The CIA has put declassified documents online for the public to view.

Declassified CIA Documents Online Including Stargate Project And Use Of Invisible Ink

The CIA has just released an archive of 800,000 files and 13 million pages of declassified documents and made them available to the public online. The release of this declassified information has come about due to the work of freedom of information advocates and also a lawsuit which was filed against the CIA, as the BBC report.

To view these documents in the past, members of the public would have had to visit the National Archives in Maryland and gain access to one of four computers which were only available to use between the hours of 9:00 a.m. and 4:30 p.m. So while technically available to the public since the mid-1990s, these declassified CIA documents would have been difficult for most people to view.

Included in these declassified documents of the CIA are papers of Henry Kissinger, Secretary of State for both Richard Nixon and Gerald Ford. Several thousand pages of science research and development, along with intelligence analysis documents, have also been declassified and put online.

A 'Stranger Things' discussion at the BUILD Series at AOL HQ on August 31, 2016 in New York City.
A ‘Stranger Things’ discussion at the BUILD Series at AOL HQ on August 31, 2016, in New York City. ‘Stranger Things’ was partially based on CIA programs like the Stargate Project, and documents in this program have been declassified and made available online. [Image by Michael Loccisano/Getty Images]

Some of the more interesting declassified CIA files that can be viewed are documents that were involved in the Stargate Project. This was a program which was funded by the U.S. Army and was part of the inspiration for the Netflix drama Stranger Things. Rolling Stone describe how the Stargate Project was used to research paranormal phenomena which could be used by the military, which included things like mind-reading, remote viewing, and psychokinesis.

The United States government is even reported to have hired a psychic headhunter to recruit candidates to join the program. The movie The Men Who Stare at Goats is also based on the CIA’s Stargate Project and described how those involved would try to develop and use their telekinetic powers to kill animals just by using their minds.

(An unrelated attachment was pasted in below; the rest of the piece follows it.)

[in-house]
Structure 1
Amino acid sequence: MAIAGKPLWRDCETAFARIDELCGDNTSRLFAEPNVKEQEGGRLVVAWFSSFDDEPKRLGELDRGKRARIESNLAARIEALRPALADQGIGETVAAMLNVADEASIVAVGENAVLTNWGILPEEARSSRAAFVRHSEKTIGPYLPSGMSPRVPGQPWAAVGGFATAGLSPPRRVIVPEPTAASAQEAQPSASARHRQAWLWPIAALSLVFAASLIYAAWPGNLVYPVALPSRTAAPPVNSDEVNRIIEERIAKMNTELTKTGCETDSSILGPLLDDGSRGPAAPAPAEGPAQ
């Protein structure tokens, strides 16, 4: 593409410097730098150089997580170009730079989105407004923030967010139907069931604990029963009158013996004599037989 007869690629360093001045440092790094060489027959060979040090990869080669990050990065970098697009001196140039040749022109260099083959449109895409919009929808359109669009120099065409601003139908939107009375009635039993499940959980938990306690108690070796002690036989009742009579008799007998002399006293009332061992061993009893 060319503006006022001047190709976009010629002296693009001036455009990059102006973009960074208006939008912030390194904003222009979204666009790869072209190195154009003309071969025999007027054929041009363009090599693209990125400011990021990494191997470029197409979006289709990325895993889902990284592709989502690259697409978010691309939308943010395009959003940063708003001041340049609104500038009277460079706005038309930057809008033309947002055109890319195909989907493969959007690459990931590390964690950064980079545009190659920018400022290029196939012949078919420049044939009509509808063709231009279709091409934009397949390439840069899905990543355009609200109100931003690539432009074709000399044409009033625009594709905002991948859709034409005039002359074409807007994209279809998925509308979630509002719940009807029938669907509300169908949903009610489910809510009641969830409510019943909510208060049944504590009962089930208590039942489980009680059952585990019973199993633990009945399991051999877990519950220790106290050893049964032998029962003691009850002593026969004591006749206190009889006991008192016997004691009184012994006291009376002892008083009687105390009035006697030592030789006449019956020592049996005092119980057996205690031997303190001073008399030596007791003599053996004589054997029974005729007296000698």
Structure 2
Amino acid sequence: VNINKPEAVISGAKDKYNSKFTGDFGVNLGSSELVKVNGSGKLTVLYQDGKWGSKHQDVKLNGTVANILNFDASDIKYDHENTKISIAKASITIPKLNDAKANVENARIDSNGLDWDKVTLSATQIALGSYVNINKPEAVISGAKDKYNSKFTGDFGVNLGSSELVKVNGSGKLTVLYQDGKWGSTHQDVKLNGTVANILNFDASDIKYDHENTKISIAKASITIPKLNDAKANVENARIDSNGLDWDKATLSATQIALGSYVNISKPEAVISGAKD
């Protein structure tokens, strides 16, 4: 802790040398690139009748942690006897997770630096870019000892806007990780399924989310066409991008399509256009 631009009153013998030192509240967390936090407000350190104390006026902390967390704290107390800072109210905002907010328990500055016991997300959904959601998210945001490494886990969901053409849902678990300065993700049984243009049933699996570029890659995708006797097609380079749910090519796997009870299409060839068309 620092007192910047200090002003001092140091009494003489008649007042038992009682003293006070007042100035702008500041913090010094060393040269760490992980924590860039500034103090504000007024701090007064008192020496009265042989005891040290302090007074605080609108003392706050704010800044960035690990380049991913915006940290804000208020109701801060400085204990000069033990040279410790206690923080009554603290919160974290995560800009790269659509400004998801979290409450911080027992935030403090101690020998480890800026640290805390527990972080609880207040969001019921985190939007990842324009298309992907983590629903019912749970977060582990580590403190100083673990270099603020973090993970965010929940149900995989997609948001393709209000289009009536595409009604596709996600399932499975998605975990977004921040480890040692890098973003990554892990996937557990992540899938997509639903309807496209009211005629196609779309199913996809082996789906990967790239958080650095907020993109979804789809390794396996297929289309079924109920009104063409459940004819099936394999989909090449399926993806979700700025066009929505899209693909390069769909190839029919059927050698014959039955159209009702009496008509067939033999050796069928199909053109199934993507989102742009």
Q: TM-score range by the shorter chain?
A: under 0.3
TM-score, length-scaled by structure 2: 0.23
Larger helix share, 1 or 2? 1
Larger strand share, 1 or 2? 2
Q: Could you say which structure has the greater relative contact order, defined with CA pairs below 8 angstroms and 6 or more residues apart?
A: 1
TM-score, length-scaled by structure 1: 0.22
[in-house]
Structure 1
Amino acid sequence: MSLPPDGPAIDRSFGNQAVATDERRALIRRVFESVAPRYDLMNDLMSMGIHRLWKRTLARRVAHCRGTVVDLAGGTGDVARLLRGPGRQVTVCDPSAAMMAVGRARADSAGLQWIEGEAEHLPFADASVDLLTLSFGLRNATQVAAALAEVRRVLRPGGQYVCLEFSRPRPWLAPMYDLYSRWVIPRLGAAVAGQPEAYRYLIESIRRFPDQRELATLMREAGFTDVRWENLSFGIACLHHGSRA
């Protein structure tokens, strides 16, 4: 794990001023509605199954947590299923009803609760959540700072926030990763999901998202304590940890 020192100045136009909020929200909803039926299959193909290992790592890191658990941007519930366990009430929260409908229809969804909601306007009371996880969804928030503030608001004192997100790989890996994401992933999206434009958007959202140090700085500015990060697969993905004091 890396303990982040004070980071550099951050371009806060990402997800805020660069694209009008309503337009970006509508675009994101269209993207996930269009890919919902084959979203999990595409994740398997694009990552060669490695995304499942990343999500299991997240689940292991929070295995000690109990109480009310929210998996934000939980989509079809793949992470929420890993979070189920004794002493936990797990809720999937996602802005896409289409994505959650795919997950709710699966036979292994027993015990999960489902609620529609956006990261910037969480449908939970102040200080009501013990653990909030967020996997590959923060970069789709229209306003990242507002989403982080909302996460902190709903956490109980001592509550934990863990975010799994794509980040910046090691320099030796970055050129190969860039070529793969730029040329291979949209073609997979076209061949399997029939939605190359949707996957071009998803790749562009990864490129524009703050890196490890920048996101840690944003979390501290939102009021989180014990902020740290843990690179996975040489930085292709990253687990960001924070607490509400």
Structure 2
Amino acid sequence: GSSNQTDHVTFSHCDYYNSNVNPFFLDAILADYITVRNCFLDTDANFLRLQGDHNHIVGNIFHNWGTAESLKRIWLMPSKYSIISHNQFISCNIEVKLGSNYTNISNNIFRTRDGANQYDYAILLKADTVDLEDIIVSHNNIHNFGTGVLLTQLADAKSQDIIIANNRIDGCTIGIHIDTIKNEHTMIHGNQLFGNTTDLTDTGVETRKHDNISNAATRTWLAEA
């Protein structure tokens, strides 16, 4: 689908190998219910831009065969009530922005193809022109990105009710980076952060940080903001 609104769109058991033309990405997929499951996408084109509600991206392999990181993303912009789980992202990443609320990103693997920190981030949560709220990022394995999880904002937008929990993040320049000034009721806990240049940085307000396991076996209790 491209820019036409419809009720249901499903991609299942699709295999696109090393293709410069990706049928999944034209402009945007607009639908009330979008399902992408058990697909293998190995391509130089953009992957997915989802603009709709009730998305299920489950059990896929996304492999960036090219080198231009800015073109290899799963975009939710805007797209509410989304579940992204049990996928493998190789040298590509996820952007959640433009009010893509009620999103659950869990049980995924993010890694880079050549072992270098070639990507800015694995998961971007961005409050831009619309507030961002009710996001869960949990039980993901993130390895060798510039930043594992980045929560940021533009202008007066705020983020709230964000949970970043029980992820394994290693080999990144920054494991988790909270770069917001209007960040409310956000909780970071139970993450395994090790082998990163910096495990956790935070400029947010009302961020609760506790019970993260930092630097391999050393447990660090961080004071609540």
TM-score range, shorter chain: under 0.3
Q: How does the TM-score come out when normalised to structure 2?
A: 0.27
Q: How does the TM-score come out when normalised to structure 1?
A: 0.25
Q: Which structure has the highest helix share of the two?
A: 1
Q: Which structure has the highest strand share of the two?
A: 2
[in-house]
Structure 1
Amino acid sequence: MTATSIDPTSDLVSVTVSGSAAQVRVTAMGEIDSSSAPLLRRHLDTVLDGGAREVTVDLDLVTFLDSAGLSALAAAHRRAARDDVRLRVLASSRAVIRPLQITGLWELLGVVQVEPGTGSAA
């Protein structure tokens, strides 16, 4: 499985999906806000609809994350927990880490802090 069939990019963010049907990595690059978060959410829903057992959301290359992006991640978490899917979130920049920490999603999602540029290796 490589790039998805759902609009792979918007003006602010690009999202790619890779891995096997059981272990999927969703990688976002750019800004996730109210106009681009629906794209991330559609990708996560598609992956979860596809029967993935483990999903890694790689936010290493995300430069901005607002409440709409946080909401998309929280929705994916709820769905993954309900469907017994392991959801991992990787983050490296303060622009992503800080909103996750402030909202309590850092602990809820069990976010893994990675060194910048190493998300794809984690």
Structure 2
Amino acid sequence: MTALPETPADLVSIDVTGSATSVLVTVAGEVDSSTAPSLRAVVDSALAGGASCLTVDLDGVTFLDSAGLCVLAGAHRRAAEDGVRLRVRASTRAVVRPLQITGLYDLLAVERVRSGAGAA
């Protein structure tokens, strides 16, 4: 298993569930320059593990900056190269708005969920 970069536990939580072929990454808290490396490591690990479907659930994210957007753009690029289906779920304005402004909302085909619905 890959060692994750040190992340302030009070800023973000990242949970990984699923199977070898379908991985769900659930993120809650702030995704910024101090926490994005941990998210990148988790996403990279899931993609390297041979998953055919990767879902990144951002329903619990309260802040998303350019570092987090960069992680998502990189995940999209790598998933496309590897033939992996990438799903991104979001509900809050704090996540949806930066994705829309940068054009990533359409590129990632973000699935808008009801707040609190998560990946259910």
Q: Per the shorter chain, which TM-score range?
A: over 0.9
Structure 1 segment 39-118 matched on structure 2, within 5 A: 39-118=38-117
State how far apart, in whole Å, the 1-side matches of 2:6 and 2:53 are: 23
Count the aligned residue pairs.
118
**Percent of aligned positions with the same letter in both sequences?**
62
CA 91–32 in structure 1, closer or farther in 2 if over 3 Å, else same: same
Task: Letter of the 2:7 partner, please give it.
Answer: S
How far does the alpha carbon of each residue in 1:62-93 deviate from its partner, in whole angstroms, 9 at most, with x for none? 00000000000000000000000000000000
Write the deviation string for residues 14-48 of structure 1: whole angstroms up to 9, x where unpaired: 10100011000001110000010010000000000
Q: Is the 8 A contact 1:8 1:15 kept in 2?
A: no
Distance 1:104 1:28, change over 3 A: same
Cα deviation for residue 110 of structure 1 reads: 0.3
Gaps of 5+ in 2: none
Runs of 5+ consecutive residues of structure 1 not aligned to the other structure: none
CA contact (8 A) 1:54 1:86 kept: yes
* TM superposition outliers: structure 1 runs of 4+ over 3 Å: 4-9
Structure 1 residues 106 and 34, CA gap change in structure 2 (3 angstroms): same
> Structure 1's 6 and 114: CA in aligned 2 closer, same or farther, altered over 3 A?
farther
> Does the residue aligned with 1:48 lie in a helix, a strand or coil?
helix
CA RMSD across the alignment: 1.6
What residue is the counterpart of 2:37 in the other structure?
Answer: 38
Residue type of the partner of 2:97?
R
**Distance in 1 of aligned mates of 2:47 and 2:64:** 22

Some of the declassified CIA documents that you can read online that relate to the Stargate Project include experiments where the government tested the famous psychic Uri Geller in 1973. There are memos which describe how Geller was able to successfully partially replicate pictures drawn in other rooms with occasionally precise accuracy. This, in turn, led researchers at the CIA to write that Uri Geller “demonstrated his paranormal perceptual ability in a convincing and unambiguous manner.”

Secret writing and recipes for invisible ink are other things that are available within the vast collection of the CIA’s declassified documents. To conduct secret writing, it is recommended that you use a solution of nitrate of soda and starch in water which the CIA say can be carried in starched collars or handkerchiefs, or anything that can be starched. Once laid out in the above solution, these items can be ironed.

“The article thus treated is later on again put in water and a solution obtained which can be used for invisible writing. The best means for developing are iodite of potassium.”

The iodite of potassium recipe for developing secret writing calls for 5 grams of iodite of potassium with 100 grams of water and 2 grams of tartaric acid added, sulpharated soda, ferro cyanite of potassium, and ink mixed with water that is laid on using a brush.

Declassified documents from CIA's Air America at the McDermott Library in Richardson, Texas on April 9, 2009.
Declassified documents from CIA’s Air America at the McDermott Library in Richardson, Texas on April 9, 2009. [Image by Matt Slocum/AP Images]

To get these declassified CIA documents online has taken the work of many individuals and groups, including the information group MuckRock. The journalist Mike Best also used crowd-funding to secure $15,000 which was used to visit the CIA archives in Maryland so that some of these documents could be printed out and then publicly uploaded, one by one, which was a time-consuming task. However, uploading these documents did put public pressure on the CIA to finally upload the documents themselves.

“By printing out and scanning the documents at CIA expense, I was able to begin making them freely available to the public and to give the agency a financial incentive to simply put the database online.”

Have you had a look online yet at these declassified CIA documents and what have you learned?

[Featured Image by Pool/Getty Images]